Audio is transmitted using a sound card connected to speakers that is inserted into one of the motherboard’s slots. The computer translates digits into sound by sending the data to the sound card that interprets these data into tones
Buying a New Computer
There are several things to consider
Hard Drive
Video Card
Other Hardware
Multi-core =
multiple processors running on the same integrated circuit
Double Data Rate, so DDR is better than plain SDRAM (you won’t see it called SDR SDRAM)
How many DIMM’s, and why do I care?
DIMM = Dual In-line Memory Module
The issue here is the opportunity for future expansion. If you choose 1 GB of RAM on 1 DIMM, you have more expansion options than if you choose 1 GB on 2 DIMMs (i.e., 2 DIMMs with 512 MB each)
Hard Drive
How much do I need?
Depends on what you’re going to be doing with it, and what your photo/music/movie collections look like
For most people 80GB to 100GB will be plenty of space
Exception: unless you’re into video editing
One other thing to consider: speed
You can typically choose between 5400 rpm and 7200 rpm hard drives, with the 7200 rpm models offering improvements in data access speeds
Video Card
How good does my video card need to be?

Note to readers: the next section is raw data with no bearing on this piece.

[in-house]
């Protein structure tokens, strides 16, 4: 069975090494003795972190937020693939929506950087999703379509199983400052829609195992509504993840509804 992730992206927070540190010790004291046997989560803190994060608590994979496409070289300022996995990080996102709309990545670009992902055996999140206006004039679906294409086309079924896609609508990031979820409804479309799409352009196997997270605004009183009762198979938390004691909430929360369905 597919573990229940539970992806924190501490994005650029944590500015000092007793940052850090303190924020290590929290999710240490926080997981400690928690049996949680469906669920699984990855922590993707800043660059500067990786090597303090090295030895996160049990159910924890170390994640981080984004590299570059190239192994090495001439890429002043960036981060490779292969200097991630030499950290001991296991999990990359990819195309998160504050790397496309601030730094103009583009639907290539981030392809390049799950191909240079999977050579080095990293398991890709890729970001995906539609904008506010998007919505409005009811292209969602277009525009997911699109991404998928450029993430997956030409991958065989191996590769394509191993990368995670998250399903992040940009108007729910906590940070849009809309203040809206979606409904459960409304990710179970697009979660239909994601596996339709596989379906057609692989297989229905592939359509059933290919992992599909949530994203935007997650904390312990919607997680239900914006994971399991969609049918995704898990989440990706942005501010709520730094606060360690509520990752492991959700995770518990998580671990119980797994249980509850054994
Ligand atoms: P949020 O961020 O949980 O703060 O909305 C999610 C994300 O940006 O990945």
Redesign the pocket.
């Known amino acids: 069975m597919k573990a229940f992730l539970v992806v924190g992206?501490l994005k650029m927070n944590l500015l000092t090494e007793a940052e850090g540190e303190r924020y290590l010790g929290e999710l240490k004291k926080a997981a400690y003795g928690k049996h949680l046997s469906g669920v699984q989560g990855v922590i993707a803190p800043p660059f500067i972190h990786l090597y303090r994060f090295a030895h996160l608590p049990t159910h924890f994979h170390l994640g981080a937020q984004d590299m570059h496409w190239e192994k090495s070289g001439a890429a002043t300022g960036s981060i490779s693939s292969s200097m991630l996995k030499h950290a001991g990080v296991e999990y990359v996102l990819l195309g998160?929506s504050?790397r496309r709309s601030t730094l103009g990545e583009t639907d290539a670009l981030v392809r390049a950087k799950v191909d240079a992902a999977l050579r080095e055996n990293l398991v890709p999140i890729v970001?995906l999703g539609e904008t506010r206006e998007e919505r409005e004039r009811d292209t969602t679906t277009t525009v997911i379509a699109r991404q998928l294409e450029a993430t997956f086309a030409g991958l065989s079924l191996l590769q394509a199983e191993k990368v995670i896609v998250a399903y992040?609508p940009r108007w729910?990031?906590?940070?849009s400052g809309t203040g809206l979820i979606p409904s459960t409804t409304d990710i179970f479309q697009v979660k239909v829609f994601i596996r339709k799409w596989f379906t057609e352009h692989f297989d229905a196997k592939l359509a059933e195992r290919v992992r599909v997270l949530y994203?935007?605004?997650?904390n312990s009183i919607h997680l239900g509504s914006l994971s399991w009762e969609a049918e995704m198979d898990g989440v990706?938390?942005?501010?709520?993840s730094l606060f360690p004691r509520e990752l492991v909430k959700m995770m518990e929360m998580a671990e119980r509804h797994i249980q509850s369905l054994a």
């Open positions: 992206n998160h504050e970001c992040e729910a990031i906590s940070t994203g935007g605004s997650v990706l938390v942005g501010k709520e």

Again, this will change based on how you’re using your machine
The typical variable is the amount of memory on the video card
Most cards have between 128 – 256MB memory directly on the video card
This is more than sufficient for most users
Exception: if you’re using the computer for video games and/or video editing, you might want to spend a little more here
CD/DVD Combo Drives
Most companies offer combo drives which will allow you to play and burn both CD’s and DVD’s
Some are offering drives which are capable of dual-layer writing on DVD’s, which allows for greater storage
Wireless Networking Cards
Typically go for the highest letter available (e.g., 802.11a, b, or g), as they are backwards compatible
Bluetooth is also available as an option on most laptops
Another piece of hardware which can prove quite useful is a media card reader (e.g., 9-in-1 or 13-in-1 models)
These are particularly useful for those who own digital cameras, as they allow the user to directly insert their media card (SMC, xD, SD, MMC, Compact Flash, etc.) into the front of the machine and be read directly by the computer (similar to the way you operate thumb/jump drives)